3. The Eagles’ ability to stop the run was the biggest reason to believe they had a chance against the Ravens. All things considered, Jim Schwartz and his defense came through.
In addition to his two sacks, credit Brandon Graham with one of those performances that won’t show up on the stat sheet but played a big role in keeping the Eagles in the game. Graham’s ability to seal off the left edge was key to preventing several big runs by Lamar Jackson. He also contributed to a commendable effort by Schwartz’s run defense, which held Baltimore running backs to 69 yards on 27 carries. Mark Ingram, J.K. Dobbins and Gus Edwards entered the game averaging 5.5 yards per carry and more than 100 yards per game. Jackson made his plays, including a 37-yard touchdown run straight through the middle of the Eagles defense. But this was a good effort by Schwartz and his defenders. The Ravens had scoring drives of 2, 35, 38, and 47 yards, and only had one drive longer than 50 yards.
4. Your evaluation of Carson Wentz will probably match your prior conclusions.
The Wentz haters will have a long list of plays that illustrate the quarterback’s shortcomings. The defenders will have similarly long list of plays that illustrate his strengths. At the end of the day, though, it’s hard to see how anybody could have come away with a strong opinion one way or the other, given the complete and total breakdown in protection in front of him. Despite the two huge drops, and the relentless pressure, Wentz deserves plenty of credit for keeping the Eagles in the game into the final minutes. With 3:48 remaining, he threw a jump ball to Fulgham with pressure in his face for a touchdown that cut the Eagles' deficit to 30-22. The touchdown was set up in part by Wentz’s 40-yard rumble through the Ravens defense.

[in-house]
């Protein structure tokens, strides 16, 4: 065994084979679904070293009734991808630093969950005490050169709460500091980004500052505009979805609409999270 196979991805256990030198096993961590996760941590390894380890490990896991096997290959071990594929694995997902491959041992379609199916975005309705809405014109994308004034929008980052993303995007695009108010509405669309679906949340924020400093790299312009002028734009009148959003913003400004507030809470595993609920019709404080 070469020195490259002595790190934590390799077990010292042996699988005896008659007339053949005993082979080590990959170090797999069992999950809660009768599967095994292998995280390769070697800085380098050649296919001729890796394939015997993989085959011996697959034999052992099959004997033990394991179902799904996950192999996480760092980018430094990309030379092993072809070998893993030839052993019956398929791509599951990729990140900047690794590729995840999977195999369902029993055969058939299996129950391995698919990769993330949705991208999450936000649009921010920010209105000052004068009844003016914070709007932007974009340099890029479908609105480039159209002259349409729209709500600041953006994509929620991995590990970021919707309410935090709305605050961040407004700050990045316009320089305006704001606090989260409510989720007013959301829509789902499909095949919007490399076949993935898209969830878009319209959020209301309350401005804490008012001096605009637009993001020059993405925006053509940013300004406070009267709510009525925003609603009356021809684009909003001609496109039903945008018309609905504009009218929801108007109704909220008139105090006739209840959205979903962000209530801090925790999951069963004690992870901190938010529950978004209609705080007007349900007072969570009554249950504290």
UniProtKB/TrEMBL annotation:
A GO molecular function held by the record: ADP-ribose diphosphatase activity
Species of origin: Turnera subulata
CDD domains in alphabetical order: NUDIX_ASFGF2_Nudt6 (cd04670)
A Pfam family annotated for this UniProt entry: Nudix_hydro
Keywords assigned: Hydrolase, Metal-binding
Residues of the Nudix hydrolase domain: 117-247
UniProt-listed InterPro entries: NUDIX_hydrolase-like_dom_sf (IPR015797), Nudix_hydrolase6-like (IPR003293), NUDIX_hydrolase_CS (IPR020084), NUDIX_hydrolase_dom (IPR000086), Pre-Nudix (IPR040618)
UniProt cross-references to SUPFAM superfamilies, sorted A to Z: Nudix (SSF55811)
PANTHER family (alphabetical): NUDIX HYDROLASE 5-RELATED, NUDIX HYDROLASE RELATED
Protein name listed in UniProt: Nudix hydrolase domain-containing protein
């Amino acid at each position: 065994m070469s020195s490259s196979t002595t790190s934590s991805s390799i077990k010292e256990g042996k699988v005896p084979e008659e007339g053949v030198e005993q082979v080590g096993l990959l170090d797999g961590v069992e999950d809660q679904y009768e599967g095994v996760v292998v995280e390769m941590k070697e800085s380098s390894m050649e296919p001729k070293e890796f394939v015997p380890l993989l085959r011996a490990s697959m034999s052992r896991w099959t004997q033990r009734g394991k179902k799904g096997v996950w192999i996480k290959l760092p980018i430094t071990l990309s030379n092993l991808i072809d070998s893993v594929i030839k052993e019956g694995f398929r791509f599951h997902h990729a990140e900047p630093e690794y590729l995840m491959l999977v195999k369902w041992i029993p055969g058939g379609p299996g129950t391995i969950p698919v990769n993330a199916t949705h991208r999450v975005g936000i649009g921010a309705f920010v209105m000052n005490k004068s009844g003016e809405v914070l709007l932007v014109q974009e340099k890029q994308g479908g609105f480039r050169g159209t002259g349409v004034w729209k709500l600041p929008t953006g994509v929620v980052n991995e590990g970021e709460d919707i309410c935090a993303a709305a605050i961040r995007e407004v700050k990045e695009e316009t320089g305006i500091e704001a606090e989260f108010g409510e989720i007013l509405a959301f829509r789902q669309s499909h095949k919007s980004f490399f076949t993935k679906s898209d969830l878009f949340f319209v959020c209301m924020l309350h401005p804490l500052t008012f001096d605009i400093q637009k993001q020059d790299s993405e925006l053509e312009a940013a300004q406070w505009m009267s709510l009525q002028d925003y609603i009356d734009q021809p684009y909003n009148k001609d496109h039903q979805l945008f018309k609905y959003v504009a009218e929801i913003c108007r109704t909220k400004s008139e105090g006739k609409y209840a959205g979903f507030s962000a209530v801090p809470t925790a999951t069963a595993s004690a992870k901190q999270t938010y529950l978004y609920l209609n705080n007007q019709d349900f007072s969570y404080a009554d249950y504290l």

The haters will argue that Wentz could have recognized single coverage on Travis Fulgham earlier than he did with 4:38 left in the fourth quarter, which might have given the rookie receiver a better chance to make a play on a jump ball in the end zone. He could have tucked the ball and taken the sack on the next play instead of trying to throw a pass over the middle with a blitzing linebacker in his chest, a play that nearly resulted in his 10th interception of the season and his second turnover of the game. He could have held onto the football instead of allowing it to pop out on a designed run in the second quarter. He could have spotted Jason Croom wide open in the corner of the end zone on the back side of the play earlier than he did on a play that nevertheless went for a three-yard touchdown.
The defenders will point to the dropped touchdown catch by Sanders and the dropped big play by Hightower as plays that would have turned the day around for both Wentz and the Eagles. They’ll point to the 16-yard throw he made to Richard Rodgers with a man in his face and just over two minutes remaining to set up a touchdown that could have tied the game if not for a missed two-point conversion. Count me in the group that saw Wentz as a net positive for the Eagles, and as a quarterback that simply does not have the talent around him to do anything other than make singular play after singular play.